As a student sits in most algebra classes he or she cannot help but notice the vast majority of students are male. When Tatyana Pavluscenco, associate professor of mathematics, asks who is taking calculus next semester, out of the eight hands that go up, only two are female. It makes one wonder if this is mere coincidence or if this plays a major part in the gap between women and men in science or math careers.
Graduate of Moldova State University in the former Soviet Republic with a BS/MS in mathematics and education, Pavluscenco is one of only two female math professors on the Georgia Highlands Marietta campus. Though, even as a child her passion was to become a teacher, math was not the field that she dreamed of going into.
“I have always been a little intimidated by math and leaned more toward literature and languages,” said Pavluscenco. Her parents ended up making the decision for her to change her major to theoretical math.
This decision by her parents soon became one that she is happy with. “I cannot fathom a more rewarding occupation,” says Pavluscenco.
She became a full time math professor at the Marietta campus in 2005. Her teaching style is very hands-on.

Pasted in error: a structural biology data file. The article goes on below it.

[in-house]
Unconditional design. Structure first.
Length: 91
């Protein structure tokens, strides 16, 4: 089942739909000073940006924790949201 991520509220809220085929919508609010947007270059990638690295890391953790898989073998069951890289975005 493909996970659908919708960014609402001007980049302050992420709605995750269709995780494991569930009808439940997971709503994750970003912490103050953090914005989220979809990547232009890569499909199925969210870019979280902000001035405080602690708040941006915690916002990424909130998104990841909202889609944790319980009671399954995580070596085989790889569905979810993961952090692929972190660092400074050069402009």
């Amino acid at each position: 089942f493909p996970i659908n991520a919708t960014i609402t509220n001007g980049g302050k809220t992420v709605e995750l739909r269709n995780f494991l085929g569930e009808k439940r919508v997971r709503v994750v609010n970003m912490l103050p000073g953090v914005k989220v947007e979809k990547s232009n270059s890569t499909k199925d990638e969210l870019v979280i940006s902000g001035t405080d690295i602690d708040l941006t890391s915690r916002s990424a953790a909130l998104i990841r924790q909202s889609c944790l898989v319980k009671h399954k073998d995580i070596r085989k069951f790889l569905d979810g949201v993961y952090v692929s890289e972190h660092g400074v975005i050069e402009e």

According to Pavluscenco, Georgia Highlands’ male to female teacher ratio in the math division is 50/50. This percentage is outstanding considering the national statistics on women and men in science, math, engineering and technology (STEM) careers. According to a report by the U.S. Department of Commerce, women represent less than 25% of STEM jobs in the United States.
Women with STEM degrees are more likely to go into education or healthcare according to the U.S. Department of Commerce. Pavluscenco holds a position that is not necessarily associated with women but stands strong in her position.
She sets a standard. “My advice is to be disciplined, optimistic and use all possible resources to help you learn-follow your passion and don’t give up,” says Pavluscenco.